Maia Amador

First post: Feb 25, 2022 Latest post: May 18, 2023
Welcome to Maia's CaringBridge website. We are using it to keep family and friends updated in one place. We appreciate your support and words of hope and encouragement. 

Maia started experiencing pain in her right rib a few weeks before Christmas.  She woke up around 11:30pm the first night crying and complaining of sharp pains in her rib area.  My first thought was appendicitis, so I scooped her up and took her to my mom and dad's house for mom to examine her.  While we were there, she mentioned she had been playing with her brother and they had used hard plastic sticks as swords, and he poked her pretty hard.  We naturally thought she had a bruised rib and since she calmed down, we figured we needed to give it time to heal.   About once a week since then, Maia would wake up and complain of her rib hurting, which would pass in a few minutes or after a dose of Tylenol and all would be fine again.   I could always justify the pain; it was because she was being too rough with her brothers, or she was practicing gymnastics or new dance moves.

During the first week of February, Maia woke up two nights in a row complaining of the same pain.  On February 2nd, she woke up in the morning and asked if she was going to the doctor soon.  Cesar and I called Dr. Kidd and got her in to see him that afternoon.  In the doctor's office, she was running around, dancing and having fun.  Out of an abundance of caution (he is AMAZING!), Dr. Kidd agreed maybe an x-ray would be a good idea to check things out.  We took her to get an x-ray immediately after the appointment.  The x-ray technician asked me to stand back with her in the booth while she took the images of Maia's chest.  By the second picture, I knew something was very wrong.  I suggested to the tech that the x-ray didn't look right and of course, she is not allowed to say anything.  She just sighed.  She then went out to Maia and asked her if she was in pain or if she had trouble breathing.  My heart broke for the first time that night.  I knew we had missed something, but in my mind, it was an infection that we had missed.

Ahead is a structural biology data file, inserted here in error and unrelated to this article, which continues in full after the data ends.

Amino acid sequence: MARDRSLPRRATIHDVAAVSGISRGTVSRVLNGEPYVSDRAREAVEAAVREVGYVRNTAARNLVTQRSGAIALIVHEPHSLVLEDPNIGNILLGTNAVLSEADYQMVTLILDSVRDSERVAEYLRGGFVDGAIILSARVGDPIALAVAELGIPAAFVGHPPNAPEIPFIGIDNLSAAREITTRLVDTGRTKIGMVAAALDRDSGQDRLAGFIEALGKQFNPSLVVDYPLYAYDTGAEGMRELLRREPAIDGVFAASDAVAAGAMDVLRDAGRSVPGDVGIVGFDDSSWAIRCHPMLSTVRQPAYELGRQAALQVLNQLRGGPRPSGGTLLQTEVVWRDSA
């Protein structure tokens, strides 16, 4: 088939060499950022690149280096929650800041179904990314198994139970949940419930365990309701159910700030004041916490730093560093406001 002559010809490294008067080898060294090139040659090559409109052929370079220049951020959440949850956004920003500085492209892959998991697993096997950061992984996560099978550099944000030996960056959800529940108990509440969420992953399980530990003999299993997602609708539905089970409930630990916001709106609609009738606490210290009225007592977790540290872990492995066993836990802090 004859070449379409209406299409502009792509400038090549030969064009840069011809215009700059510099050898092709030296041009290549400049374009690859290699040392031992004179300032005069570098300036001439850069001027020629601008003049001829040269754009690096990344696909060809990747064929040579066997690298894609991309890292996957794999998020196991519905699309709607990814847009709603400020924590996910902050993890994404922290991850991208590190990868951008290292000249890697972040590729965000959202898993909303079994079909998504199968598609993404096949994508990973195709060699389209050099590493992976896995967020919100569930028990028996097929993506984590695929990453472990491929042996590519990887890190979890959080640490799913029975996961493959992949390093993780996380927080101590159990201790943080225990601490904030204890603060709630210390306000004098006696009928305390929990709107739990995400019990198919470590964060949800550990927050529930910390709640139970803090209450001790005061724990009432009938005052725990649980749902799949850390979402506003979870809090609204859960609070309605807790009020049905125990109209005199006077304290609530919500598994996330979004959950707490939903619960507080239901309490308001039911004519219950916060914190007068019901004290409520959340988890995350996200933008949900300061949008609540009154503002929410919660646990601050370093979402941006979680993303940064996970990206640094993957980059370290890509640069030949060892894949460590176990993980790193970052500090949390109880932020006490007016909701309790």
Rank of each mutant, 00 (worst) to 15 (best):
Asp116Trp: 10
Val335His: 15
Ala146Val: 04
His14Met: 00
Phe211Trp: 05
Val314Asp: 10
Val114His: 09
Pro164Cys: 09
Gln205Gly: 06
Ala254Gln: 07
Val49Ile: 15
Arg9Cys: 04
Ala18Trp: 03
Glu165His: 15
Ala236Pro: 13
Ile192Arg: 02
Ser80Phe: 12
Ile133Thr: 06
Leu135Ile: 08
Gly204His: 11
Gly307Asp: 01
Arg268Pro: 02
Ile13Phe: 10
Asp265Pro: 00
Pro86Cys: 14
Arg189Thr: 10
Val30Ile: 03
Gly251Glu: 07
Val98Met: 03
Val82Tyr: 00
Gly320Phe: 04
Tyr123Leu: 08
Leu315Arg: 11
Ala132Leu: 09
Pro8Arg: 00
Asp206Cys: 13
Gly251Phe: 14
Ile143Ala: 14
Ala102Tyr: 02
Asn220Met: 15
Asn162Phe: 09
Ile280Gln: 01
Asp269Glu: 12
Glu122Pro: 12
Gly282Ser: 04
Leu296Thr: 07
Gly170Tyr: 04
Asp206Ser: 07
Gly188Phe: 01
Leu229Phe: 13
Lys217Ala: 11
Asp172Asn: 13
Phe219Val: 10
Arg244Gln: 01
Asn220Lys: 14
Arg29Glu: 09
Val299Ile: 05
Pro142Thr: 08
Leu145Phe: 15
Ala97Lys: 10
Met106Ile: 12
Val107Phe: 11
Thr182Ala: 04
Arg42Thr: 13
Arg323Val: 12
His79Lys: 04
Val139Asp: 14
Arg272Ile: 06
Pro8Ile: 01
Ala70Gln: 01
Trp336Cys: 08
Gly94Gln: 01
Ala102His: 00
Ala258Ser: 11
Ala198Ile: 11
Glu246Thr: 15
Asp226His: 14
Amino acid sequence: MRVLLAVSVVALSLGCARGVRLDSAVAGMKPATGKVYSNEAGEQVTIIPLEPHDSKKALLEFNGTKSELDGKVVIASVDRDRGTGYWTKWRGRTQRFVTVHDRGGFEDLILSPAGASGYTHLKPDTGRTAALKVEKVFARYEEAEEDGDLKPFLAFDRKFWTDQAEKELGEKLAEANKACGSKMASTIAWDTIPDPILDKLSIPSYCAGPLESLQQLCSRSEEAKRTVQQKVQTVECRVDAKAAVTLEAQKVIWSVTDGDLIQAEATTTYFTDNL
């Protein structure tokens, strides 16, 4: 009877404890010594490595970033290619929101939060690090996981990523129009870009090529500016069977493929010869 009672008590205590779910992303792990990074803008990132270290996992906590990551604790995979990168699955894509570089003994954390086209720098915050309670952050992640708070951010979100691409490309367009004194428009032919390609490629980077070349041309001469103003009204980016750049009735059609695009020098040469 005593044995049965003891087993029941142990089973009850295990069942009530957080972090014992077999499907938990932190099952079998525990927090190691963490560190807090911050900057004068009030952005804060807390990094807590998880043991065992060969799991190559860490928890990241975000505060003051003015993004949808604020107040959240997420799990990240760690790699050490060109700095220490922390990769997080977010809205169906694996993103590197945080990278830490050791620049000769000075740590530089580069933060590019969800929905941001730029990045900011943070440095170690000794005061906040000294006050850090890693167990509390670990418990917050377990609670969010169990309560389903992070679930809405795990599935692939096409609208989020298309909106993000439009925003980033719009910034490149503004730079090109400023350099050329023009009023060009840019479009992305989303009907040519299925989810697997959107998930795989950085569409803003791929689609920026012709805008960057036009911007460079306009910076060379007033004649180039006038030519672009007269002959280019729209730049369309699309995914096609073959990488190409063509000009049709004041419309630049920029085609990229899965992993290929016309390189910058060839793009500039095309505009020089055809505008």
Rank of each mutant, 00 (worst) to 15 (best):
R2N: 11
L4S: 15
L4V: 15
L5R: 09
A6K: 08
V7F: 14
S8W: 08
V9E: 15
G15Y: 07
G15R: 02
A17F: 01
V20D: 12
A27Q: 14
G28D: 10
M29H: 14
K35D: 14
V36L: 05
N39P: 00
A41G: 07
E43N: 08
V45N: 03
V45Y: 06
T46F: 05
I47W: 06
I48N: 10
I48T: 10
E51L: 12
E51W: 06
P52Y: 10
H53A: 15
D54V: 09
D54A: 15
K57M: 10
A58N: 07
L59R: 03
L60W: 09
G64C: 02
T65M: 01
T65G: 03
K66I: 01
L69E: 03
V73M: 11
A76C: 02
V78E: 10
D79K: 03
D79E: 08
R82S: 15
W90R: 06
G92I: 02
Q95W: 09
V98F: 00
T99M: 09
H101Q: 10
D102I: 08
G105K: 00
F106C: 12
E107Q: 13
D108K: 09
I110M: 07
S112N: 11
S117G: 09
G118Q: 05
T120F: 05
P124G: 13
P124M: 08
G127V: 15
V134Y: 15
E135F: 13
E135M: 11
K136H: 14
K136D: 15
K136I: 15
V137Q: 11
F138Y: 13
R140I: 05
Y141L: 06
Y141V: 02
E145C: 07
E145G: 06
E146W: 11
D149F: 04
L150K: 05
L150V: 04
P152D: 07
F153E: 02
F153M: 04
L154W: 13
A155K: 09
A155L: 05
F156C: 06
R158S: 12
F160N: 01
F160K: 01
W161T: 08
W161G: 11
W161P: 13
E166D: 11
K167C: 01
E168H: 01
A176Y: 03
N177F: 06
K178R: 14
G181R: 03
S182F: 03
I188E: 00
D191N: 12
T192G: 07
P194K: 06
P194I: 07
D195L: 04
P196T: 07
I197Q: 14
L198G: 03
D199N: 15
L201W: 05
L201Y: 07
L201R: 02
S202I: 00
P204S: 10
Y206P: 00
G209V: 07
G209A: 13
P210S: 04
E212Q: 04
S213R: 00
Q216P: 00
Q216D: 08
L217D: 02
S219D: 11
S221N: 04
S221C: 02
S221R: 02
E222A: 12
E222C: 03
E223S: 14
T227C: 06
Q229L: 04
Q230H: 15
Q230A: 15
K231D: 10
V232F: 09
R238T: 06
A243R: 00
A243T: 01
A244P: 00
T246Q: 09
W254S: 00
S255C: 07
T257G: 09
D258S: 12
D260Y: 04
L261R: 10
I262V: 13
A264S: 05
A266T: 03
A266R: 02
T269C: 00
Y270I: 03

Maia and I got back in the car and Cesar immediately knew I was afraid.  He drove home while I texted my mom and sister Julie the picture I had taken of the x-ray.  My mind was reeling.  Mom knew I was on the verge of a breakdown, and she graciously called Dr. Kidd's office to say please don't go home without getting an answer to Sarah and Cesar about Maia's x-ray.  We got a call from Dr. Kidd within an hour where we learned the radiologist wanted us to go to Riley to get a CT Scan and that he also thought it would be a good idea to reach out to Maddox's oncologist, Dr. Lion.  I handed the phone to my mom and walked away because that didn't make ANY sense to me.   Cancer?? That was out of left field.  Especially for those of you who have heard me tell Maddox's story... for two years I felt something was coming, something that was going to be very hard but something that was designed to grow us.  When Maddox was diagnosed, it was horrific... but it made sense in some odd way because that matched the feeling I had been having for years.  But now with Maia, I never felt anything.  No mommy gut, no intuition.  Literally the ONLY inkling of something was the night before we took her to the doctor, I was talking with all three kids and I looked over at Maddox and again felt an overwhelming sense of love and a strong sense to beg God to protect him from any secondary cancers in his future.  But again, it was for him not for Maia.